Planer face-jointing jig and more.
Most every board requires flattening on one side before planing it to thickness. And that’s easy to do if you have a jointer wide enough for the job, but many of us don’t enjoy that luxury. Fortunately, with this simple jig, you can skip the jointer and successfully joint one face using a benchtop planer.
To build the jig, laminate two layers of ⁄4"
3 plywood—doing that ensures a flat base with sufficient stock for the threaded dowels to bite into. (I sized the jig to fit through my planer, but you can adjust its dimensions to suit your needs. The jig and workpiece can be a heavy load, so consider carefully before making it more than 4' long.) Space the rows of threaded dowels about every 10", and include one row of 3⁄4" holes near the center to use with a short dowel and wedge to secure the workpiece.
I made the 5⁄8" threaded dowels and holes using a Beall Wood Threader (bealltool.com), but you can buy kits to thread dowels by hand or with a router. Or, buy birch rod already threaded (hardwaretree.com), and simply purchase taps for threading the holes. Put paraffin wax on the threaded dowels to keep them from moving during use.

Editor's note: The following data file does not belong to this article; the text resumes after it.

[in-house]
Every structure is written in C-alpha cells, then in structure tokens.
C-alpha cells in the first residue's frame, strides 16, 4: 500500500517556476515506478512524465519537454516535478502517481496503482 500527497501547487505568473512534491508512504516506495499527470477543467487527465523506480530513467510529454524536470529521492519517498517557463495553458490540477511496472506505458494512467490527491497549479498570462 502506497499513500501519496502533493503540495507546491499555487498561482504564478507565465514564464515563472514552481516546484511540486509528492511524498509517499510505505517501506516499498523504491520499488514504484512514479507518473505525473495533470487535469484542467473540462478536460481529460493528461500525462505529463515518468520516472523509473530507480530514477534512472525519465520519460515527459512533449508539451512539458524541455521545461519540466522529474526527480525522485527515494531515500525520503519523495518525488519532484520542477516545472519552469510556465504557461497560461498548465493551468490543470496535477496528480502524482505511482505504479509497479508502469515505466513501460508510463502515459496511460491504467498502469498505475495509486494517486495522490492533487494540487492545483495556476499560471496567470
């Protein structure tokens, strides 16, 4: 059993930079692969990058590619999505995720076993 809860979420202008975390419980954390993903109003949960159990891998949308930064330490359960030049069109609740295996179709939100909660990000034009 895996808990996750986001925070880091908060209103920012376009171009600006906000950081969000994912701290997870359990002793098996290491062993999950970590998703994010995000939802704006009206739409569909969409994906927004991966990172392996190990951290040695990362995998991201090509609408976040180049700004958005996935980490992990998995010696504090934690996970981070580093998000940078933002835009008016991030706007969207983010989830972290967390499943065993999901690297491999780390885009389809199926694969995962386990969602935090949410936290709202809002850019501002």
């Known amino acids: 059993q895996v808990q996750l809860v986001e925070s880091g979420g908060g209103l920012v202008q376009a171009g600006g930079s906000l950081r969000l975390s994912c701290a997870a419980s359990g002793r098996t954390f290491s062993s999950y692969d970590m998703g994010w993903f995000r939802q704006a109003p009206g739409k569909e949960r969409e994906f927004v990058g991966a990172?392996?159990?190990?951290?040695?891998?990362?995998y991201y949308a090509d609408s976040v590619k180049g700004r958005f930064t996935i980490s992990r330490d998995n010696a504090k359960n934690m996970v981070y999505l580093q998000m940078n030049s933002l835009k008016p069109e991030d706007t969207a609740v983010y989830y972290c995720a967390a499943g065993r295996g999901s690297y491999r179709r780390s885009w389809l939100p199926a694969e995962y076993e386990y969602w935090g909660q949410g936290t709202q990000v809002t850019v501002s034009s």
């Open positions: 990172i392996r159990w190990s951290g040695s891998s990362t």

To use the jig, place the board on a flat surface. Position the jig upside down on top of the board, and use a screwdriver to adjust the threaded dowels up and down to level the jig to the flat surface. Flip everything over, secure the board using a wedge, and feed the assembly into the planer, unstopped end first. For best results, feed the low end of the assembly into the planer first—doing that may require flipping the board in the jig and releveling.
" threaded dowels with straight screwdriver slot on bottom end and abrasive pad on top 12½ x 1½ x 42" base Workpiece 2"- wide abrasive strip ½ x ¾" stops glued in place ¾" hole ¾" dowel Slotted threaded dowel 1½" long NOTE: Jig flipped upside down for threaded-dowel adjustment. Workpiece ½"-thick wedge with abrasive glued on both long edges
For sending this issue’s Top Shop Tip, Howard receives an Incra Miter 1000HD with mitering platform (shown) and I-Box jig worth $450.